Pacific Gas & Electric and East Bay Community Energy announced last week that 400,000 Alameda County residential power customers will be charged based on when they use electricity beginning in May.

Under the Time-of-Use rate plan, customers will be charged more for usage during the peak demand hours of 4 to 9 p.m. Customers will be encouraged to shift some usage to times when demand is lower and renewable resources such as solar and wind power are considered most plentiful.

PG&E said customers affected by the transition began receiving notice by mail last month.

For the first 12 months, any customers who see their electric bills increase because of the change will receive an automatic credit for the difference. They also will have the option to switch back to a tiered rate.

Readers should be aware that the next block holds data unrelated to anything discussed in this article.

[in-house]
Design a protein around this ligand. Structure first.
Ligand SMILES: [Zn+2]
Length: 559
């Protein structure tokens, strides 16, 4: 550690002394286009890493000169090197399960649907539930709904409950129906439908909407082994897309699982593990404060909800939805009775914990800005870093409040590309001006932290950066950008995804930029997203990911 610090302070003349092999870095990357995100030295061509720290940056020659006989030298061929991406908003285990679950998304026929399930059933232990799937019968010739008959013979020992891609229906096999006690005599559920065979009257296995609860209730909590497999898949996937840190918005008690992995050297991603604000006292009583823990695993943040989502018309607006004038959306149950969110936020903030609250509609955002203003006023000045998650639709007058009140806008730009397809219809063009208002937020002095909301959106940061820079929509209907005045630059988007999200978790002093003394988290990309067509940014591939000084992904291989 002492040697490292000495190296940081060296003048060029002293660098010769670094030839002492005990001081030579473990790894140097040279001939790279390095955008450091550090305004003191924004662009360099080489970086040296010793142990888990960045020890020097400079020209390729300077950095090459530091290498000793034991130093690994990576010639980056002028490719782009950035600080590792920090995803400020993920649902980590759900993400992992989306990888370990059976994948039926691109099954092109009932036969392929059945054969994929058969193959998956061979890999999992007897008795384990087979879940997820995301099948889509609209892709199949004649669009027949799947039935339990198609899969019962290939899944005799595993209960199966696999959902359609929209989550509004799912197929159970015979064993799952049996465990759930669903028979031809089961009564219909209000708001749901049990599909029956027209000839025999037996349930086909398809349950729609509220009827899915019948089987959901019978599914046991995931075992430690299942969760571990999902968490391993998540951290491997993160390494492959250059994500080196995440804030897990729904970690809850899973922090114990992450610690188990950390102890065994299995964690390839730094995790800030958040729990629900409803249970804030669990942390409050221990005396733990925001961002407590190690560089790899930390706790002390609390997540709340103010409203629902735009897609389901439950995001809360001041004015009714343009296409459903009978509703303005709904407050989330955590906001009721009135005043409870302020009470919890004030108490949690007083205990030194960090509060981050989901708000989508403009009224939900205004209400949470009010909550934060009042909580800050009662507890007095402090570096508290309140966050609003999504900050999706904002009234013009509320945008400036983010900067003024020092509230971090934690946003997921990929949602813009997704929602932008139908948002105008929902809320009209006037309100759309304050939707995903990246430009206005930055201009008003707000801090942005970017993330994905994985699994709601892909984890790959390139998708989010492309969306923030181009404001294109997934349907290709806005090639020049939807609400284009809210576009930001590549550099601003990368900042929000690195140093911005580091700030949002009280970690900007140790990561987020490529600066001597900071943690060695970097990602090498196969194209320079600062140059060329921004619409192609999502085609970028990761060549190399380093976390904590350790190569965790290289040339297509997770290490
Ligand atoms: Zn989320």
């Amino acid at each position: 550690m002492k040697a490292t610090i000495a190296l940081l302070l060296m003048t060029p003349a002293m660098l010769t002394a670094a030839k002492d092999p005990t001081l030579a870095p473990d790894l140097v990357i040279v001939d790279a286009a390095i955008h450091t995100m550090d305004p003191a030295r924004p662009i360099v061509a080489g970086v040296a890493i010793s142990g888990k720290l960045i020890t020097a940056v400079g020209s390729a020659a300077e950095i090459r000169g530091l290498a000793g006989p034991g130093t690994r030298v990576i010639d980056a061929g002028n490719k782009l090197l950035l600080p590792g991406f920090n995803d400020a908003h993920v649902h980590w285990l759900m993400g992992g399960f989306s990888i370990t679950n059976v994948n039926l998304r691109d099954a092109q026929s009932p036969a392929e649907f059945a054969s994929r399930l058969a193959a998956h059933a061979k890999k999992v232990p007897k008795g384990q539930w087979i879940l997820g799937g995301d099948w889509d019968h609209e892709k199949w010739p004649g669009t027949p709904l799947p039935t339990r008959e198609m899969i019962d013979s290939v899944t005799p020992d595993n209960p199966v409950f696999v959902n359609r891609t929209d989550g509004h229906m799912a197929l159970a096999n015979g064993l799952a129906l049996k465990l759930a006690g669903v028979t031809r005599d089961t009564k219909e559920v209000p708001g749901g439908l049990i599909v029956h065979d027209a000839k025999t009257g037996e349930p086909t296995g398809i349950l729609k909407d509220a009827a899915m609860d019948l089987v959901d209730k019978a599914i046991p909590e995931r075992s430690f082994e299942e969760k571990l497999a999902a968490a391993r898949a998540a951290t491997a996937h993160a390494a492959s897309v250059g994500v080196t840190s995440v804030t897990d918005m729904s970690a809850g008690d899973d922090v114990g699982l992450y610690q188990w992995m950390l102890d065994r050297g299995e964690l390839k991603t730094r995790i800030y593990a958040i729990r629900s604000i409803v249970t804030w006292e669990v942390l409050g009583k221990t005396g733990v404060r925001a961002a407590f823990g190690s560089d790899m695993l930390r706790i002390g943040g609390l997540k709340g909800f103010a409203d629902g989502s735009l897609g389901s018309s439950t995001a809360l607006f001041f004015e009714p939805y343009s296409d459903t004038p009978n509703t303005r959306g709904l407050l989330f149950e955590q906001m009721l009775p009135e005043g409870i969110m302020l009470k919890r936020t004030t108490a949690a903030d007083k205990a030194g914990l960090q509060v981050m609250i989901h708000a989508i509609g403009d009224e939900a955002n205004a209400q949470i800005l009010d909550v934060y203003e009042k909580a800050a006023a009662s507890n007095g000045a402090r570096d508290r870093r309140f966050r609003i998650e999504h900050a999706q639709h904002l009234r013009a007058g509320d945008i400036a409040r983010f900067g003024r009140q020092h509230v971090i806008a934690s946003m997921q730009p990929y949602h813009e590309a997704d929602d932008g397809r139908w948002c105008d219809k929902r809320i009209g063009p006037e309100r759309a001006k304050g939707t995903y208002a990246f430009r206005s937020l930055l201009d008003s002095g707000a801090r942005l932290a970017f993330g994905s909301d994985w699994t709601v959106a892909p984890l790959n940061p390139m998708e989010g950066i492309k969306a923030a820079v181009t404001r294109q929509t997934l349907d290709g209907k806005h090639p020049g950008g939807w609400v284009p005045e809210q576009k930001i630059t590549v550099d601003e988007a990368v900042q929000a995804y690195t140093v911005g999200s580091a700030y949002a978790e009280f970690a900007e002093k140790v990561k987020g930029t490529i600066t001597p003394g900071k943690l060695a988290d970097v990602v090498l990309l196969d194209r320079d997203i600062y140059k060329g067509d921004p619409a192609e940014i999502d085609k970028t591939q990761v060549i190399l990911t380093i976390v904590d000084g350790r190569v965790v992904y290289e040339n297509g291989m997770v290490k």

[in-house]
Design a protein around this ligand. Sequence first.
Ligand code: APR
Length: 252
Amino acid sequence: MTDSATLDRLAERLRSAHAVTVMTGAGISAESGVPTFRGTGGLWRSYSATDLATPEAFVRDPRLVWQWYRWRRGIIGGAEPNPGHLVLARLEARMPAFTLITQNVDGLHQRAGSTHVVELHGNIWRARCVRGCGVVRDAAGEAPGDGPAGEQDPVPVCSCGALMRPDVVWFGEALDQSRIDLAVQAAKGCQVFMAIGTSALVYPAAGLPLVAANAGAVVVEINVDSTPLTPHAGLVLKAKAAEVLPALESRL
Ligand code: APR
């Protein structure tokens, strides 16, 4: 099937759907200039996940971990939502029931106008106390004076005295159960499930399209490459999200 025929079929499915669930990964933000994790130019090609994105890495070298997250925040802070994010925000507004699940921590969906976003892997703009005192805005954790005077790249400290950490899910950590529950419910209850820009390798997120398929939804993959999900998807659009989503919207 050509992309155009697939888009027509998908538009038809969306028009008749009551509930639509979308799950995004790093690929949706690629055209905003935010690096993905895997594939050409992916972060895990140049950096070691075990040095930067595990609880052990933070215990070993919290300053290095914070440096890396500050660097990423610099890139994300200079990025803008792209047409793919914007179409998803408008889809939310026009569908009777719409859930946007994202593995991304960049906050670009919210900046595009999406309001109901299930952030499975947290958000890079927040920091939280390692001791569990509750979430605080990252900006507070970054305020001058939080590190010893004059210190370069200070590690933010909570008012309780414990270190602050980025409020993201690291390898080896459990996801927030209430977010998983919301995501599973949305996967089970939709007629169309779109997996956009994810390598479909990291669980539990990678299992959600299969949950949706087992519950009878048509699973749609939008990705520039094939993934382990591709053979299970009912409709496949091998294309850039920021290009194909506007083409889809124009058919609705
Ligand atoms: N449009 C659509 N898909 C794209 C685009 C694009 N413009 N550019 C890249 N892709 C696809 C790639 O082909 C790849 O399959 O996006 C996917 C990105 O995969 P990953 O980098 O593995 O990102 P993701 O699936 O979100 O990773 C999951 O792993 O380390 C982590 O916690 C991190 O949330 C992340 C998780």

“With TOU rates, customers have greater control over their electricity bills because they can shift energy usage away from peak hours,” said Nick Chaset, chief executive officer for East Bay Community Energy, a nonprofit agency that operates a renewable energy program for Alameda County and 11 cities.

“From our internal analysis of their usage history, a vast majority of our customers will financially benefit from TOU rates,” Chaset said, “and it creates better conditions for us to add more renewable energy facilities on the grid.”

EBCE serves more than 550,000 residential and commercial customers.

PG&E said the automatic transition to Time-of-Use rates would continue across the company’s service area through 2022. Customers enrolled in the Medical Baseline program will not be affected.

State law requires California investor-owned electric utilities to automatically transition customers to a TOU rate plan to promote a cleaner and more reliable energy grid.

PG&E began testing its TOU rate plan with about 150,000 residential customers in 2018 and says 80% of those customers stayed on the new plan for more than a year.

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